Now that you have worked on accepting yourself for who you are, you can begin to build love and care for yourself. Make it a goal to extend yourself kindness, tolerance, generosity, and compassion. To boost self-love, start paying attention to the tone you use with yourself. Commit to being more positive and uplifting when talking to yourself.

If you’re not sure how to get started, think (or say aloud) these simple statements:

  1. I feel valued and special;
  2. I love myself wholeheartedly;
  3. I am a worthy and capable person

4. Recognise your self-worth

Once you understand, accept, and love yourself, you will reach a point where you no longer depend on people, accomplishments, or other external factors for your self-worth. At this point, the best thing you can do is recognize your worth and appreciate yourself for the work you’ve done to get here, as well as continuing to maintain your self-understanding, self-acceptance, self-love, and self-worth.

To recognise your self-worth, remind yourself that:

  1. You no longer need to please other people;
  2. No matter what people do or say, and regardless of what happens outside of you, you alone control how you feel about yourself;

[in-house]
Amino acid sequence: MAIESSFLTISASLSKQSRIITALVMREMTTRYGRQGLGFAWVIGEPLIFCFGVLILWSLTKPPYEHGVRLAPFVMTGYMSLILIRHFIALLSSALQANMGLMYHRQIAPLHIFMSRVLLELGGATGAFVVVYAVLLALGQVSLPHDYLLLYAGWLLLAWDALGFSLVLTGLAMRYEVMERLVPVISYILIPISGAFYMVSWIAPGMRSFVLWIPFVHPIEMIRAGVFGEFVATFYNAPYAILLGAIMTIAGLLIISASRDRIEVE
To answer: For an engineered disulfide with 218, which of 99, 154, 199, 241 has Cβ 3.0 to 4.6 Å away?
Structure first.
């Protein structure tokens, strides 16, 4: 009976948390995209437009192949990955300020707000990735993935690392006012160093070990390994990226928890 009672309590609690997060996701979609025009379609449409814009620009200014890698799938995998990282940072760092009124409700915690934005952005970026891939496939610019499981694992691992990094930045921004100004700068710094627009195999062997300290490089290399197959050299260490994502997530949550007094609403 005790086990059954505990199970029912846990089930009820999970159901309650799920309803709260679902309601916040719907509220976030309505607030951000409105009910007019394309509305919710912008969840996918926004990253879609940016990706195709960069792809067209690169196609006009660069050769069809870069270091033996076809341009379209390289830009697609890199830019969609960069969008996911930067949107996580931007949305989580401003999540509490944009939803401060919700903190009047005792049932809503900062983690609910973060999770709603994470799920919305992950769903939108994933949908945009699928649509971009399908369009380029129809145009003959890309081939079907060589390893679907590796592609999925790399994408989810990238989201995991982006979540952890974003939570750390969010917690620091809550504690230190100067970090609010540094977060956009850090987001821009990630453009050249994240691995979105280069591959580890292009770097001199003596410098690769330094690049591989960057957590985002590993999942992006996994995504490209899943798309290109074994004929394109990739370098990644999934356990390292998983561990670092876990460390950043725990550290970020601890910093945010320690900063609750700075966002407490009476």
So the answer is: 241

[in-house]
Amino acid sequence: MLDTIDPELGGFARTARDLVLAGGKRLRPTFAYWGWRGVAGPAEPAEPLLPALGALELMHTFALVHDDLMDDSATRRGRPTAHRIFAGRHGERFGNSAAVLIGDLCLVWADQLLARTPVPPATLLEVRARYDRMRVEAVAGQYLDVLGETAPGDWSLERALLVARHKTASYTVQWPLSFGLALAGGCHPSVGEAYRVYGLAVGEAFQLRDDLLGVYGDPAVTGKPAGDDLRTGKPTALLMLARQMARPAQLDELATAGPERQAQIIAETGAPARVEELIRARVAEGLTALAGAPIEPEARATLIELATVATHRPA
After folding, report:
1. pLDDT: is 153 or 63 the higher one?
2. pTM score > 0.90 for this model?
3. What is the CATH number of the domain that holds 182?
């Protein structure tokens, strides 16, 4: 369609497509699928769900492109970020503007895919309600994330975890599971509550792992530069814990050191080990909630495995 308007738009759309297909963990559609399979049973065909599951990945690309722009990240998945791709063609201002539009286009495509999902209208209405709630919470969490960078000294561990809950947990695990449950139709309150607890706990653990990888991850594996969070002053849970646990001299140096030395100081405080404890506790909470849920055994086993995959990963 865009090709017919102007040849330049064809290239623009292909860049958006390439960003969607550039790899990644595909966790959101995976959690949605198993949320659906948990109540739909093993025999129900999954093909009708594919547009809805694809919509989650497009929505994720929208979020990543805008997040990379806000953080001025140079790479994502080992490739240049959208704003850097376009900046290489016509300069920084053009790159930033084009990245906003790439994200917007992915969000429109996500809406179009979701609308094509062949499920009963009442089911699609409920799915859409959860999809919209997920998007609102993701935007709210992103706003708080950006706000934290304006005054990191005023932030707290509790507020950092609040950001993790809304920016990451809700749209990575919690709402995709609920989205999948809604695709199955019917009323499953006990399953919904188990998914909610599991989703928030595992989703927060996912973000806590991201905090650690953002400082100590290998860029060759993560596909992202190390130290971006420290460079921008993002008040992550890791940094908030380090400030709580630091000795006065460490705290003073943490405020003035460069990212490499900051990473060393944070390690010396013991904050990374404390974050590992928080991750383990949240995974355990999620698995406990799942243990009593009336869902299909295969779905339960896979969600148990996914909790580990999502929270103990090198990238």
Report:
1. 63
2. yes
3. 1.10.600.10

3. You have the power to respond to events and circumstances based on your internal sources, resources, and resourcefulness, which are the reflection of your true value;
  4. Your value comes from inside, from an internal measure that you’ve set for yourself.

5. Take responsibility for yourself

In this stage, you will practice being responsible for yourself, your circumstances, and your problems.

Follow these guidelines to ensure you are working on this exercise in a healthy way:

  • Take full responsibility for everything that happens to you without giving your personal power and your agency away;
  • Acknowledge that you have the personal power to change and influence the events and circumstances of your life.

Remind yourself of what you have learned through all of these exercises, and know that you hold the power in your own life. Revel in your well-earned sense of self-worth and make sure to maintain it!


Trista Sutter advocates for building up your self-worth how hard that can be in our judgmental society.
Psychologist Ralph Smart argues that cultivating self-love is the key to having a high level of self-worth
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Self-worth is an important concept for both scholars and the average Joe to understand, and it’s especially important for us to be able to identify, build, and maintain a normal, healthy sense of self-worth! Learning about self-worth increases self-esteem and can teach you how to be more happy and fulfilled in your authentic, loveable self. Allowing you a more wholesome life that you deserve.